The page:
“You can’t see me …” (part three in a series on the Beatitudes)

By From the Heart | Jenna Miller | Consider the Lilies

Dec 23

When our children were in the storytime age group, a favorite read-aloud was Once Upon a Cool Motorcycle Dude, a goofy (modernized) fairy-tale-style picture book by Kevin O’Malley, Carol Heyer, and Scott Goto.

One moment in the story we all still recall is when the “hero” dons an invisibility cloak to defeat the evil monster. He says, “You can’t see me!”

Even though it’s not this way in the book, our family has taken the phrase to mean what happens when, like a little kid playing hide and seek, someone hides under a blanket and thinks because they can’t see anyone, no one can see them, either. It’s obvious to everyone around that there’s a person-sized lump under the blanket, but the little kid really thinks they are fooling everyone.

I thought of this as we heard the readings for the Solemnity of the Immaculate Conception this year. In a figurative way, this is what Adam and Eve were doing in the garden after they sinned.

It’s charming when a 3-year-old thinks they are hidden from others’ eyes under a fuzzy blanket, but it’s one of the most heart-breaking moments of stubborn unrepentance in Scripture when Adam and Eve try to hide from God and the truth, first by trying to cover themselves up and avoiding God and then by shifting the blame to anyone else within reach.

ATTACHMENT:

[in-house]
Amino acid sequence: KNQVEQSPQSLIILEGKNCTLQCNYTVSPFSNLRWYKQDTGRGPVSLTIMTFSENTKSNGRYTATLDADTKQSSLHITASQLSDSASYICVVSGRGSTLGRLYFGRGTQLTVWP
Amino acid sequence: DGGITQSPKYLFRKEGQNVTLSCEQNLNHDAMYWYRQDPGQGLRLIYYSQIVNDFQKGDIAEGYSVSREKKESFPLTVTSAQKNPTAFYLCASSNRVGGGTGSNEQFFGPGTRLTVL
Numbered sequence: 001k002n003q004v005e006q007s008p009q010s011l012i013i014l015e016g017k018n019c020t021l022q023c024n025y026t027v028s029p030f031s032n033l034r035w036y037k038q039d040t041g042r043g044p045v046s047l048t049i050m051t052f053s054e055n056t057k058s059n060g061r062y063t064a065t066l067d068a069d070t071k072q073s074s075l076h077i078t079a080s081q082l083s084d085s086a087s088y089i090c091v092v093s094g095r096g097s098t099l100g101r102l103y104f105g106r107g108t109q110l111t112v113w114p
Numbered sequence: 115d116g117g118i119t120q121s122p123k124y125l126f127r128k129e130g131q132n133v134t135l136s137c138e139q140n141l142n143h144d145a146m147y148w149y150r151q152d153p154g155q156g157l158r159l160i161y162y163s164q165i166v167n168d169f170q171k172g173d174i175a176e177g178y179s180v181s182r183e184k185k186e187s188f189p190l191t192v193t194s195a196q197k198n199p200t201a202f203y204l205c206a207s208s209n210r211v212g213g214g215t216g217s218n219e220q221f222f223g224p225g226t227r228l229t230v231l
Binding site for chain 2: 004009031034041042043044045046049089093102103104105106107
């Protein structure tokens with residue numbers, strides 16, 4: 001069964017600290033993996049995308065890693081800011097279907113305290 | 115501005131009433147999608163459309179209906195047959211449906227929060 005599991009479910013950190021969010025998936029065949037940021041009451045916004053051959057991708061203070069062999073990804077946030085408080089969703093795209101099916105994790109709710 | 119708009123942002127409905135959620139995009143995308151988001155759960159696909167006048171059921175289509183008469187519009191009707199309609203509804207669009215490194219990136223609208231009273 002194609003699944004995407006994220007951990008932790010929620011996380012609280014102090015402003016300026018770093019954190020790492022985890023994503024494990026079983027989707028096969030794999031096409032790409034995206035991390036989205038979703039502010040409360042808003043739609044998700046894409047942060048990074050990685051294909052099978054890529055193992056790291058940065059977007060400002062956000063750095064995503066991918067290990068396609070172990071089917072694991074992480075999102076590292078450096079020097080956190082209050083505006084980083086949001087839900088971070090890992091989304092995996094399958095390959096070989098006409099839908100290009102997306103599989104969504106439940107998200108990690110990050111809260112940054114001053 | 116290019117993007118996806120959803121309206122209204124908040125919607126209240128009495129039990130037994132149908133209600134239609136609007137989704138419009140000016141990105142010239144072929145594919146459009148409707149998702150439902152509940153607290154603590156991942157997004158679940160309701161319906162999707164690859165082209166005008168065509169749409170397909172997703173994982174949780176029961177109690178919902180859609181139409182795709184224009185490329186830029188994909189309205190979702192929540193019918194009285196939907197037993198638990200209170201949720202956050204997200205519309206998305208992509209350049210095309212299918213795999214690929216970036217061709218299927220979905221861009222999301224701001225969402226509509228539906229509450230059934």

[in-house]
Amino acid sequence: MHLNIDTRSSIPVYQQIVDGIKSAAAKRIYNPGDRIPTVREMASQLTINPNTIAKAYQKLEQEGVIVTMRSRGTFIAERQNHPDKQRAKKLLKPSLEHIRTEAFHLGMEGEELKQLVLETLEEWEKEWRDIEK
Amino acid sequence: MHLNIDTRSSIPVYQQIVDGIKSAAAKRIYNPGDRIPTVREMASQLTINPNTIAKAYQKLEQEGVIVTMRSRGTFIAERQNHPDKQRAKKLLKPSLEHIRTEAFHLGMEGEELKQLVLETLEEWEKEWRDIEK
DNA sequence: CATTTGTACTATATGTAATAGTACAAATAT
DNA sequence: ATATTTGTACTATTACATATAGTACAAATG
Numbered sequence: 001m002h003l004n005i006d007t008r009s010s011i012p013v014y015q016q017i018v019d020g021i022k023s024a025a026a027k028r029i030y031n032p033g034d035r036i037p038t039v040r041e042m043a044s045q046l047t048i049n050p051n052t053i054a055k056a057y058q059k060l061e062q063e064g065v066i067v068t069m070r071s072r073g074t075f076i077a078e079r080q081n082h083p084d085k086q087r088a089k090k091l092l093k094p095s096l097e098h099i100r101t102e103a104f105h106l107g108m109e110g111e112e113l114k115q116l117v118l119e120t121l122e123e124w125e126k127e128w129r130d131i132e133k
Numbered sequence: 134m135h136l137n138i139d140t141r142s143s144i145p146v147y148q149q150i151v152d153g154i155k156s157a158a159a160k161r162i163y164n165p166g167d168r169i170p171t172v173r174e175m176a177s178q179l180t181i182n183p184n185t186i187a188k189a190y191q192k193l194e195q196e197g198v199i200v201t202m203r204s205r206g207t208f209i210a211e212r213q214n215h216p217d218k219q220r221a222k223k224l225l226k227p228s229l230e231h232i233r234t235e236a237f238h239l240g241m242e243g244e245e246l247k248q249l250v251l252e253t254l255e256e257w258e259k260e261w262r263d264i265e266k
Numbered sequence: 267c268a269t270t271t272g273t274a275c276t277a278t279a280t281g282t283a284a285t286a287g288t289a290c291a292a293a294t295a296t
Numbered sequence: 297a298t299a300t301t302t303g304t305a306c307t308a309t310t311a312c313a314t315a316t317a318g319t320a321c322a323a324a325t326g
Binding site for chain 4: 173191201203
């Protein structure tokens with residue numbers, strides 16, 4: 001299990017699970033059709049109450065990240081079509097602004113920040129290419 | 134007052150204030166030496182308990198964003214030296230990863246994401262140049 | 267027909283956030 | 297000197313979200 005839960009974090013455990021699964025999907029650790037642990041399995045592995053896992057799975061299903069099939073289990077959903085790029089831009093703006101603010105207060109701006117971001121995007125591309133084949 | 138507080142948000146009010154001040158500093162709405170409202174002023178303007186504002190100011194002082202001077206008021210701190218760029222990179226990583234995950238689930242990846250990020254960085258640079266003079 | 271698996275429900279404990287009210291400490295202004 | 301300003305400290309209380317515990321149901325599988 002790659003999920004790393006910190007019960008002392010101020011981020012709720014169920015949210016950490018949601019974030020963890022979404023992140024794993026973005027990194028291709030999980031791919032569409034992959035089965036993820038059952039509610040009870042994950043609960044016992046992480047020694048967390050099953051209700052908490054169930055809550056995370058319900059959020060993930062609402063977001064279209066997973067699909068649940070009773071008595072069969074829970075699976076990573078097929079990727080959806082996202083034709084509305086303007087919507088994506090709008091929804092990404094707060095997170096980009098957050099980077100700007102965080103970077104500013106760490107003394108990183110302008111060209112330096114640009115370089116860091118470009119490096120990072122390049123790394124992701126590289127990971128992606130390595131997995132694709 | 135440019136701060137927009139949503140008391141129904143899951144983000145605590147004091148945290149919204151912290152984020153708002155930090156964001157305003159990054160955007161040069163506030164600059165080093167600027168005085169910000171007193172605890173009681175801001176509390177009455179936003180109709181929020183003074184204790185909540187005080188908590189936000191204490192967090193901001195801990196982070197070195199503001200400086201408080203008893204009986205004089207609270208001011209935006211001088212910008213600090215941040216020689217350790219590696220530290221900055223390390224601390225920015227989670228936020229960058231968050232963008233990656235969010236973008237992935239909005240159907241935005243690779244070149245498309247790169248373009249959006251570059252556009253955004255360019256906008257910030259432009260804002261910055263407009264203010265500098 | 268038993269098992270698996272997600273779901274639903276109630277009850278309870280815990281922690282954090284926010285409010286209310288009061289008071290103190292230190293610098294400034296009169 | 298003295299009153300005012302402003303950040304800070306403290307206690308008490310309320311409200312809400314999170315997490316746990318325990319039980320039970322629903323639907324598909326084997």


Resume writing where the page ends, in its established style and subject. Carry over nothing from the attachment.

Jesus says in the Beatitudes, “Blessed are the pure of heart, for they will see God” (Mt 5:8).

I think that in our weakness and sins, we try to throw a lot of blankets over our own heads. In the process, we can think we are covering up pretty well — from others, from ourselves, and from God. Instead of succeeding in covering up our own weaknesses and sins — especially from God — pretty much all we are doing is preventing ourselves from seeing — and being with — God. We find ourselves alone and in the dark under our so-called “invisibility cloak.”

Even though not literally present in the readings for the Immaculate Conception, I contrasted the idea of the “hiding blanket” with the concept of the mantle of the Blessed Mother. Instead of a blanket for foolishly thinking we can hide from God, we can benefit from her mantle, a true protection for us.

Sometimes the words of Our Lady of Guadalupe are translated, “Are you not under my shadow? Are you not held in my mantle?”

In Genesis 3, God tells the serpent he will crawl and eat dirt all the days of his life. The devil has chosen a life of skulking, hiding from the truth and filling himself with dirt.

We have other options available to us. We can choose to also try to hide under a self-made blanket that neither protects us nor keeps us warm, or we can own up to our sins, acknowledge our weaknesses and need for God’s help,and allow our Blessed Mother to keep us under her protective mantle.

Jenna Miller and her husband, Stephen, are not native to the area, but have been raising and homeschooling their six children on a Todd County hobby farm for the past fourteen years. Jenna likes to study theology, play the cello, make things, and read good children’s books. Both she and Stephen are converts to Catholicism. Jenna enjoys studying theology and works as the Sacramental Coordinator at their parish, St. Mary of Mount Carmel in Long Prairie.


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